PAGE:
We're honored and elated to have helped launch the Waiʻanae Mālama ʻĀina Field School at Nānākuli, a summer school course of Nānākuli High & Intermediate School. This course is an outgrowth of ideas that we and our partners in the Wai'anae Wellness and Place-based Learning Alliance have discussed since 2012 to help the youth of Wai'anae succeed in school. Far too many get off track before they even reach high school. By providing a new type of program where classroom learning is directly tied to field work that incorporates math, science, and Hawaiian studies, perhaps more students will be motivated to attend classes and become "college and career-ready."
In 2016, for the fourth summer in a row, we had the pleasure of coordinating the Mālama ʻĀina Field School at Nānākuli High & Intermediate School. The Field School is a summer school program for students that provides course credits in math, science, English, or an elective through hands-on lessons to understand our environment, culture, and how we can be better stewards of the land. And best of all, it’s fun! That’s according to the 36 students from grades 7-11 who completed the program this past summer.
We use technology to make the classes virtually paperless by using Google Apps and a website. This is not only good for the environment, it also prepared the students for what will be the norm in classrooms of the future. We invite you to see theField School website and the videos (see below) to get a taste of the Field School’s impact that we know will be far-reaching for years to come because the students and teachers involved in the program are destined to be our leaders.
This program would not be possible without our invaluable Program Partners:
Nānākuli High & Intermediate School
Kamehameha Schools Ka Pua Initiative
Marisla Fund of the Hawaiʻi Community Foundation
University of Hawaiʻi at Mānoa, PALS/PLACES program
University of Hawaiʻi at Mānoa, Hawaiʻinuiākea School of Hawaiian Knowledge
University of Hawai'i at West O'ahu
MAʻO Organic Farm
Friends of Honouliuli
The Cultural Learning Center at Ka'ala
Mālama Learning Center and Hawaiʻi Green Collar Institute
as well as our dozens of speakers and site hosts. MAHALO A NUI!
This is a powerful program not just for students but also for teachers. For more information on the program and its curriculum, please contact Pauline Sato at pauline(at)malamalearningcenter.org.
Here are video clips from our summer 2015 program.
Background In the summer of 2013, we launched a six-week course for incoming 8th and 9th graders at Nānākuli High & Intermediate School from June 3 to July 12. Teachers Jewelynn Kirkland and Terra Wight, with whom we are very familiar, were the core teachers supported by Mālama Learning Center staff, interns, and many resource people. They piloted a new curriculum based on the weekly themes of:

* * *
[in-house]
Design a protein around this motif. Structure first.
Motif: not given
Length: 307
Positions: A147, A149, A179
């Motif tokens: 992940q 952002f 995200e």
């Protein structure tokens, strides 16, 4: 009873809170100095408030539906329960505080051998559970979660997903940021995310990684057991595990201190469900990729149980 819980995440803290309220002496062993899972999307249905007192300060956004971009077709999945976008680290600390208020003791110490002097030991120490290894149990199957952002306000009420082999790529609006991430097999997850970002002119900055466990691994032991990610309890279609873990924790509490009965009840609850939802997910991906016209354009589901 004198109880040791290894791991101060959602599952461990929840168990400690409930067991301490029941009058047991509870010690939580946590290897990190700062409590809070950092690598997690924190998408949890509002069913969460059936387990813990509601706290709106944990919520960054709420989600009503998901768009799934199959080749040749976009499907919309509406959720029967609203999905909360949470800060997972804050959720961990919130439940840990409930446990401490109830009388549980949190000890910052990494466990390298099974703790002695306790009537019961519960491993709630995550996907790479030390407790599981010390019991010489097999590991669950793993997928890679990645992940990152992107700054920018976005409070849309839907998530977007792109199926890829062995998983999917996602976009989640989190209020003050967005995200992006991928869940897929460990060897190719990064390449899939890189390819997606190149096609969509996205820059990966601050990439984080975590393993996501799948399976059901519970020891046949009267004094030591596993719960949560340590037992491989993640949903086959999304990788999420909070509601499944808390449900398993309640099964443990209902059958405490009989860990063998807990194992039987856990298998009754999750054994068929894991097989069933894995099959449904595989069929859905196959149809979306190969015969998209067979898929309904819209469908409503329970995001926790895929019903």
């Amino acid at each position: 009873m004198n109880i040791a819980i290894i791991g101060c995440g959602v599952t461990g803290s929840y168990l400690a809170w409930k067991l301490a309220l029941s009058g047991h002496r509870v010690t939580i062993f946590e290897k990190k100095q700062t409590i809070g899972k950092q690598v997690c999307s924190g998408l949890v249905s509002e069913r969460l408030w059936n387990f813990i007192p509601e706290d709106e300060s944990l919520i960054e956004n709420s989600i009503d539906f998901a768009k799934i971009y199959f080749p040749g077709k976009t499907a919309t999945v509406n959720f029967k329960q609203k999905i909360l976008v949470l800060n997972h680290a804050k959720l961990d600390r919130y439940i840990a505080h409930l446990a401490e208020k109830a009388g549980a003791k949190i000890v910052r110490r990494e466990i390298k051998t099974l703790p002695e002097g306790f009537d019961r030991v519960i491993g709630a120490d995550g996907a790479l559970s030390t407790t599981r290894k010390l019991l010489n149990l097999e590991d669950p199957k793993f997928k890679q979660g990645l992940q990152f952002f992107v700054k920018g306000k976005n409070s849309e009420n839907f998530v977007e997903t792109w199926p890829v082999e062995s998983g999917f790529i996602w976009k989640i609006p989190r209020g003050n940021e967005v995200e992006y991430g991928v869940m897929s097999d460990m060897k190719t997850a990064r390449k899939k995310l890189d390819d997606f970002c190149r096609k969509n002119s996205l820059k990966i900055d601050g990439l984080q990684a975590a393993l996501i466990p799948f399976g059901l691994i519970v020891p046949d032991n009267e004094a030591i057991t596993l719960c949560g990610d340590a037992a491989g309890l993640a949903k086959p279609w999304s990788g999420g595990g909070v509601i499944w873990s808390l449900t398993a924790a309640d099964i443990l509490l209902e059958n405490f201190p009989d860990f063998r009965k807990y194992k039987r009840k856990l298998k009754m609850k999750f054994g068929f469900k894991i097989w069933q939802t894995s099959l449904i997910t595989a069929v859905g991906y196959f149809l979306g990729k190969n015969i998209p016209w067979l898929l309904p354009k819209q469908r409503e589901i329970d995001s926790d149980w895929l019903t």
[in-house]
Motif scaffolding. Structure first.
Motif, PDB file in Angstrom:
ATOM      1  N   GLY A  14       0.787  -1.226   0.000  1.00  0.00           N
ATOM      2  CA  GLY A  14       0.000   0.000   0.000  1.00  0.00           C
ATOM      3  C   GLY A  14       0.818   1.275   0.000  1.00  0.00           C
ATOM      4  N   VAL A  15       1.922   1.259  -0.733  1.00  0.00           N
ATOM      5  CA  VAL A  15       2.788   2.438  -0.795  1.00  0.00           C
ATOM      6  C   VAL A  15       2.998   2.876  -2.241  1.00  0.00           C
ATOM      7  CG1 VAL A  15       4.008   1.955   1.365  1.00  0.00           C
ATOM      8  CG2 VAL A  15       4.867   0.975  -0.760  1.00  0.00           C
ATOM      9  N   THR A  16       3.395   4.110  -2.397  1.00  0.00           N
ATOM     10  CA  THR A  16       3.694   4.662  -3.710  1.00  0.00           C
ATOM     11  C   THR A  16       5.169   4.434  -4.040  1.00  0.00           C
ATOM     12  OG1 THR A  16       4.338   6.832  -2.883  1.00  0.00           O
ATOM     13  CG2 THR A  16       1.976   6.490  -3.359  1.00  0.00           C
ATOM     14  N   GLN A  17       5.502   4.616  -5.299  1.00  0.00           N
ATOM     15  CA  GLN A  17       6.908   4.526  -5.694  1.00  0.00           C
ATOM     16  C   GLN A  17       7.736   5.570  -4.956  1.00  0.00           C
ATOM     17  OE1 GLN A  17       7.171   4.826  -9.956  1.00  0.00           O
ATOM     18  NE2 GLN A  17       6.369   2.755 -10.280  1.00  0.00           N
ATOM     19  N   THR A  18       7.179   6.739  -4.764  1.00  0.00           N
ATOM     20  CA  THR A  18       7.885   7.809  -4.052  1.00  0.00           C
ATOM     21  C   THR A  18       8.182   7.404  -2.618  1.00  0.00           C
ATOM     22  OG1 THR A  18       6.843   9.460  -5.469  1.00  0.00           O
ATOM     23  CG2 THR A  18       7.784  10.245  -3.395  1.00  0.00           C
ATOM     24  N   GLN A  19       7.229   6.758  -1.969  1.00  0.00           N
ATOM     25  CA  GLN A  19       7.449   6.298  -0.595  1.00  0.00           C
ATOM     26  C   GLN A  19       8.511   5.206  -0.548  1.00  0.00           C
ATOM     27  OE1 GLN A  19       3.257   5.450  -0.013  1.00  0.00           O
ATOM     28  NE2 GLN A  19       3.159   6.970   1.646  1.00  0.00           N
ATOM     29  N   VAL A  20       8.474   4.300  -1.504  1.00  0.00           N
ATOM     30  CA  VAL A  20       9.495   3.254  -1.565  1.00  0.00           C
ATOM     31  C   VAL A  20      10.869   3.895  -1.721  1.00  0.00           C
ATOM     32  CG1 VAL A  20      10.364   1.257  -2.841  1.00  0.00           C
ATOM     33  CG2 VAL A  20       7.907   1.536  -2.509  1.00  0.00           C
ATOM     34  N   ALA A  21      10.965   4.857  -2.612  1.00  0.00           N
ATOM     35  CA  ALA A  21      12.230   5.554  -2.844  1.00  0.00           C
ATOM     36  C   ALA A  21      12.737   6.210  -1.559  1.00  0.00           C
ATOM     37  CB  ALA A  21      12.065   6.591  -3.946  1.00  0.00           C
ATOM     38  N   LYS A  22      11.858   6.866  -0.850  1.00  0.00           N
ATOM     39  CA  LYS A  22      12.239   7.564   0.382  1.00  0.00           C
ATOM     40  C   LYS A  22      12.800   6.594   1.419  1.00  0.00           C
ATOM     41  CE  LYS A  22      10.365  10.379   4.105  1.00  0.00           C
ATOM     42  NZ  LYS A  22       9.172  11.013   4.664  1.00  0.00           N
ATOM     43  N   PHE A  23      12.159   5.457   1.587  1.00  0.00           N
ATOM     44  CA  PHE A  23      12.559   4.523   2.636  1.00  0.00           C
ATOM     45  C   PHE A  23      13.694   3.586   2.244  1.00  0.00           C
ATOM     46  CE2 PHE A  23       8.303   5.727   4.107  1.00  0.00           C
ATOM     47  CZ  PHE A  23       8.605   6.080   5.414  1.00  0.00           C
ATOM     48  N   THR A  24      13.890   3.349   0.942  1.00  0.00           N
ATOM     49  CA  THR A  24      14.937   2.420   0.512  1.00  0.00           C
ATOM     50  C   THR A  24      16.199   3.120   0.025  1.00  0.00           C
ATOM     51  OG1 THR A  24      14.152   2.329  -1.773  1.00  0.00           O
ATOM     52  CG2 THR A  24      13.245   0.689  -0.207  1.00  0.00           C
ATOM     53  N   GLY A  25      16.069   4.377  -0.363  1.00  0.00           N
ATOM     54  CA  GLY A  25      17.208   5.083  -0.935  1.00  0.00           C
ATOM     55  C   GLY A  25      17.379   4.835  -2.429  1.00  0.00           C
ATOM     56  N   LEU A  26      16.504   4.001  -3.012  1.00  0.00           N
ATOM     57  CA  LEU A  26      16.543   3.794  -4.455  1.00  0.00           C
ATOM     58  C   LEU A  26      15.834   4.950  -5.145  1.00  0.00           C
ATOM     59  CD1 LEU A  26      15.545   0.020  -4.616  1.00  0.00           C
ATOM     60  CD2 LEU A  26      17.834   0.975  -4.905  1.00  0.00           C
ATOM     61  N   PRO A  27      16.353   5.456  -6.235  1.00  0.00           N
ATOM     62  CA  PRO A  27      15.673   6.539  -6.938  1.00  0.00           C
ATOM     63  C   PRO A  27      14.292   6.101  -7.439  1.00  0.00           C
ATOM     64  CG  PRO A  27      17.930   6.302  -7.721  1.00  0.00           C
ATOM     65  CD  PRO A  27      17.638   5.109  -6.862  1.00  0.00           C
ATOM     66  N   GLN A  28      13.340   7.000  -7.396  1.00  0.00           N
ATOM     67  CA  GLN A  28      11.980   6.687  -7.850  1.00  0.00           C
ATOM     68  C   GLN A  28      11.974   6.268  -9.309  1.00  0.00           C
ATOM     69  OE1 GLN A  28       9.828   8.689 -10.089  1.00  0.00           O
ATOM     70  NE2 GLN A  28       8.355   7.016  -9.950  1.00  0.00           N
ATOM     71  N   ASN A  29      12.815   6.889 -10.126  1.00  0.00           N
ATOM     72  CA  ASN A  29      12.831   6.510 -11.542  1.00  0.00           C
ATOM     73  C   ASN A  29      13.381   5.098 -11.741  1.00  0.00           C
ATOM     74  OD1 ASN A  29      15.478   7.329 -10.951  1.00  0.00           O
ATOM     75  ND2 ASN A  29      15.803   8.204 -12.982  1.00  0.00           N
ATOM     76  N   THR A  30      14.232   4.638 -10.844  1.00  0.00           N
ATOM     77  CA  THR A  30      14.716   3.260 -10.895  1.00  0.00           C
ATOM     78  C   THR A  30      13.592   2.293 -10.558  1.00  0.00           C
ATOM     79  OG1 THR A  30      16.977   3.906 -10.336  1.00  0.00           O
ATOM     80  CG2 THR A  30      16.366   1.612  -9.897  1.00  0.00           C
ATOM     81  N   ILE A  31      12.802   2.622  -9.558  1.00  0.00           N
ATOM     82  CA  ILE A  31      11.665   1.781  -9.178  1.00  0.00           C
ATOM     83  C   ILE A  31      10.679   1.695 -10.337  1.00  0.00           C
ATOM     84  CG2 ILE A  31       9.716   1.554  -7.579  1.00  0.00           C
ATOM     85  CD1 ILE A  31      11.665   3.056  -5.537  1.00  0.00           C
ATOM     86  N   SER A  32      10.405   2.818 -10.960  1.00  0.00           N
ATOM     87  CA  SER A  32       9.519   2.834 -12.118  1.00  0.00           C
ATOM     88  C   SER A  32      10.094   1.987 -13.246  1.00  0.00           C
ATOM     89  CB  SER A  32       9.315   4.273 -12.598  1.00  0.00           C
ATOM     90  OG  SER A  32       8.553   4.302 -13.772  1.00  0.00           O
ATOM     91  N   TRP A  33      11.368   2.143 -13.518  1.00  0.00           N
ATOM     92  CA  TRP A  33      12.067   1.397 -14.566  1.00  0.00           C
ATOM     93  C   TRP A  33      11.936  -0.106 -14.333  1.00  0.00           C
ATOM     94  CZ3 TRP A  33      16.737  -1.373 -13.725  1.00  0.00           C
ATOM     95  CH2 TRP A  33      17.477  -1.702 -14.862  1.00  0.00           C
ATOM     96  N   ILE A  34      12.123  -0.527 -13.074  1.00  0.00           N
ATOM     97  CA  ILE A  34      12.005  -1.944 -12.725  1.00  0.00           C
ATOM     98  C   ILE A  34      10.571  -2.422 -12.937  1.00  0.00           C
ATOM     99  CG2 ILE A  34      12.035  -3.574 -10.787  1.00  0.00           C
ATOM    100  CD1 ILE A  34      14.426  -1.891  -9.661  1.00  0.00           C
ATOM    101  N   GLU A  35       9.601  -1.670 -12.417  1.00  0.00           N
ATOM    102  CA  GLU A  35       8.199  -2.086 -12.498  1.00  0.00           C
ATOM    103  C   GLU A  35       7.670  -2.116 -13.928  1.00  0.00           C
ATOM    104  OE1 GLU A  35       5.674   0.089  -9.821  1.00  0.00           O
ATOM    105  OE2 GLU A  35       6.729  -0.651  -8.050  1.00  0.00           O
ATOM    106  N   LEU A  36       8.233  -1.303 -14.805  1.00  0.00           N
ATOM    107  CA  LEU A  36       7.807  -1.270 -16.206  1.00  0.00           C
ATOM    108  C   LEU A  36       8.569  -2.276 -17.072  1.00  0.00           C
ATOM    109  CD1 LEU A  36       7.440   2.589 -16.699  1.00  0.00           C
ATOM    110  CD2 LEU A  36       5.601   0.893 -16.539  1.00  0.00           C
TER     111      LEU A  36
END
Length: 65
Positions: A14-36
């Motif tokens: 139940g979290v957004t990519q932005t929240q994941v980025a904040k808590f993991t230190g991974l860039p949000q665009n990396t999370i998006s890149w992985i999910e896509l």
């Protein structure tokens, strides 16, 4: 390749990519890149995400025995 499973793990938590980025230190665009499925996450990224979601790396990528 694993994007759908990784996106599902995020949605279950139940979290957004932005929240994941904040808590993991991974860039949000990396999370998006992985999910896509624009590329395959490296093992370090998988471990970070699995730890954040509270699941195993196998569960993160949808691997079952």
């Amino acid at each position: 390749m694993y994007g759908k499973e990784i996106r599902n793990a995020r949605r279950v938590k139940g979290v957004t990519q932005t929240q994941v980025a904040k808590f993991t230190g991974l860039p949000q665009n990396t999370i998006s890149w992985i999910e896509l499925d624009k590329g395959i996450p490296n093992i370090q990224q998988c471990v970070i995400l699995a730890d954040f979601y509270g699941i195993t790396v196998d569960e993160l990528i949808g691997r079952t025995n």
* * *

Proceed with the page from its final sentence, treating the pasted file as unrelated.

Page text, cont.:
Setting the stage and seeing the big picture
Water, watersheds, and waiwai (wealth)
Ahupuaʻa of Nānākuli - plants, animals, and people
Agriculture and food sustainability
Energy and managing our waste
Navigating our future
The curriculum utilized existing resources as well as new lessons to promote critical thinking, problem-solving, teamwork, good learning habits, and an appreciation and respect for the land, sea, and cultural richness of Wai‘anae – and Nānākuli in particular. STEM education was integrated into the curriculum through tools used by professionals such as GPS (Global Positioning System) and GIS (Geographic Information System). As a final project, students worked on a “Nānākuli Community Atlas,” which compiled data and stories from the various areas studied including geology and soils, winds/rain, native and invasive ecosystems, cultural history, mele and ʻoli, and agricultural systems. This atlas was presented in forms such as maps and a brochure.
In the summer of 2014, we coordinated the second "Field School" course at Nanakuli High & Intermediate School from June 6 - July 11. This time, we were able to expand the program to have two classes of students (incoming grade 8 and grades 9/10) taught by five amazing teachers and four UH West O'ahu interns who are prospective teachers. The curriculum was similar to the pilot program with some changes in site visits and speakers as well as classroom lessons, with a greater emphasis on math. Final projects for this course involved proposal to address the essential question of: How can we make the school a model of sustainability for the community? It was a completely enriching learning experience for students, teachers, and MLC staff.
Students from both summers wrote blogs to chronicle the Field School's activities. Click on the links below to see the blogs.